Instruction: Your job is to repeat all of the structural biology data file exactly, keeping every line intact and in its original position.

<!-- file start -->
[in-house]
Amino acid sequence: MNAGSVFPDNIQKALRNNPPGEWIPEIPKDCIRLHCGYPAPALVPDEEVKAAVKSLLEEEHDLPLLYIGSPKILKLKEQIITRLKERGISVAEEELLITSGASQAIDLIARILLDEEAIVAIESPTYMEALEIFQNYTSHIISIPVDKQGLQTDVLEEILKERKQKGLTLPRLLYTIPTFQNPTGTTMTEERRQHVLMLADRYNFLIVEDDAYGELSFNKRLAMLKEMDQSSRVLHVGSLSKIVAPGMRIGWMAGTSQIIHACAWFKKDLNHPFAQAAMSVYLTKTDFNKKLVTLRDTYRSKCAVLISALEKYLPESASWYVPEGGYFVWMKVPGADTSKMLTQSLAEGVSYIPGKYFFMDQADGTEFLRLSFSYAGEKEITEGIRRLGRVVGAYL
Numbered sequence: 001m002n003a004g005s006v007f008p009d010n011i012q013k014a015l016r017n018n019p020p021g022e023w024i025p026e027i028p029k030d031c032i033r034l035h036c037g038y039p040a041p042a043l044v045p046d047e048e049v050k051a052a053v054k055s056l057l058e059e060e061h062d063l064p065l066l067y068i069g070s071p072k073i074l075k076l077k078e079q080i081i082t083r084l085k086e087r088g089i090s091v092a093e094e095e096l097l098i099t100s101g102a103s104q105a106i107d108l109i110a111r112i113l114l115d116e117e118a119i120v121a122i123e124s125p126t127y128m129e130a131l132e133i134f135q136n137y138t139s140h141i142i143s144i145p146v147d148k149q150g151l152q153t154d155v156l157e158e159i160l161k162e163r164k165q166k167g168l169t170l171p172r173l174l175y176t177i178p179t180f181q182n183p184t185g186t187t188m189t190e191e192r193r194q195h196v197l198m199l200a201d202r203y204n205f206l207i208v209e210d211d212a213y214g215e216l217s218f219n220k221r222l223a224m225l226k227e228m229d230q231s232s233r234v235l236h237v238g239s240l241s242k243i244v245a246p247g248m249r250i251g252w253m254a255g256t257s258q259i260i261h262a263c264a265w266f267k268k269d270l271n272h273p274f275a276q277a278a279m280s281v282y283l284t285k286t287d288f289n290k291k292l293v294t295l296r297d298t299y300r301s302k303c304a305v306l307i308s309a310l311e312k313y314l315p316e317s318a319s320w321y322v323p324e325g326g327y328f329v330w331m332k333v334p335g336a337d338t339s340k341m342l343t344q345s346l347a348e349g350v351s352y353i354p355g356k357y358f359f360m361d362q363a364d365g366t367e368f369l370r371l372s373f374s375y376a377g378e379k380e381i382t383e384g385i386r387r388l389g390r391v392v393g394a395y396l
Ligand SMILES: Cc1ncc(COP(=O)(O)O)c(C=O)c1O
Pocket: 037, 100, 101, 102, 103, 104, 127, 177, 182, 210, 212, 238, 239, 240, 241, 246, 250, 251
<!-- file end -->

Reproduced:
[in-house]
Amino acid sequence: MNAGSVFPDNIQKALRNNPPGEWIPEIPKDCIRLHCGYPAPALVPDEEVKAAVKSLLEEEHDLPLLYIGSPKILKLKEQIITRLKERGISVAEEELLITSGASQAIDLIARILLDEEAIVAIESPTYMEALEIFQNYTSHIISIPVDKQGLQTDVLEEILKERKQKGLTLPRLLYTIPTFQNPTGTTMTEERRQHVLMLADRYNFLIVEDDAYGELSFNKRLAMLKEMDQSSRVLHVGSLSKIVAPGMRIGWMAGTSQIIHACAWFKKDLNHPFAQAAMSVYLTKTDFNKKLVTLRDTYRSKCAVLISALEKYLPESASWYVPEGGYFVWMKVPGADTSKMLTQSLAEGVSYIPGKYFFMDQADGTEFLRLSFSYAGEKEITEGIRRLGRVVGAYL
Numbered sequence: 001m002n003a004g005s006v007f008p009d010n011i012q013k014a015l016r017n018n019p020p021g022e023w024i025p026e027i028p029k030d031c032i033r034l035h036c037g038y039p040a041p042a043l044v045p046d047e048e049v050k051a052a053v054k055s056l057l058e059e060e061h062d063l064p065l066l067y068i069g070s071p072k073i074l075k076l077k078e079q080i081i082t083r084l085k086e087r088g089i090s091v092a093e094e095e096l097l098i099t100s101g102a103s104q105a106i107d108l109i110a111r112i113l114l115d116e117e118a119i120v121a122i123e124s125p126t127y128m129e130a131l132e133i134f135q136n137y138t139s140h141i142i143s144i145p146v147d148k149q150g151l152q153t154d155v156l157e158e159i160l161k162e163r164k165q166k167g168l169t170l171p172r173l174l175y176t177i178p179t180f181q182n183p184t185g186t187t188m189t190e191e192r193r194q195h196v197l198m199l200a201d202r203y204n205f206l207i208v209e210d211d212a213y214g215e216l217s218f219n220k221r222l223a224m225l226k227e228m229d230q231s232s233r234v235l236h237v238g239s240l241s242k243i244v245a246p247g248m249r250i251g252w253m254a255g256t257s258q259i260i261h262a263c264a265w266f267k268k269d270l271n272h273p274f275a276q277a278a279m280s281v282y283l284t285k286t287d288f289n290k291k292l293v294t295l296r297d298t299y300r301s302k303c304a305v306l307i308s309a310l311e312k313y314l315p316e317s318a319s320w321y322v323p324e325g326g327y328f329v330w331m332k333v334p335g336a337d338t339s340k341m342l343t344q345s346l347a348e349g350v351s352y353i354p355g356k357y358f359f360m361d362q363a364d365g366t367e368f369l370r371l372s373f374s375y376a377g378e379k380e381i382t383e384g385i386r387r388l389g390r391v392v393g394a395y396l
Ligand SMILES: Cc1ncc(COP(=O)(O)O)c(C=O)c1O
Pocket: 037, 100, 101, 102, 103, 104, 127, 177, 182, 210, 212, 238, 239, 240, 241, 246, 250, 251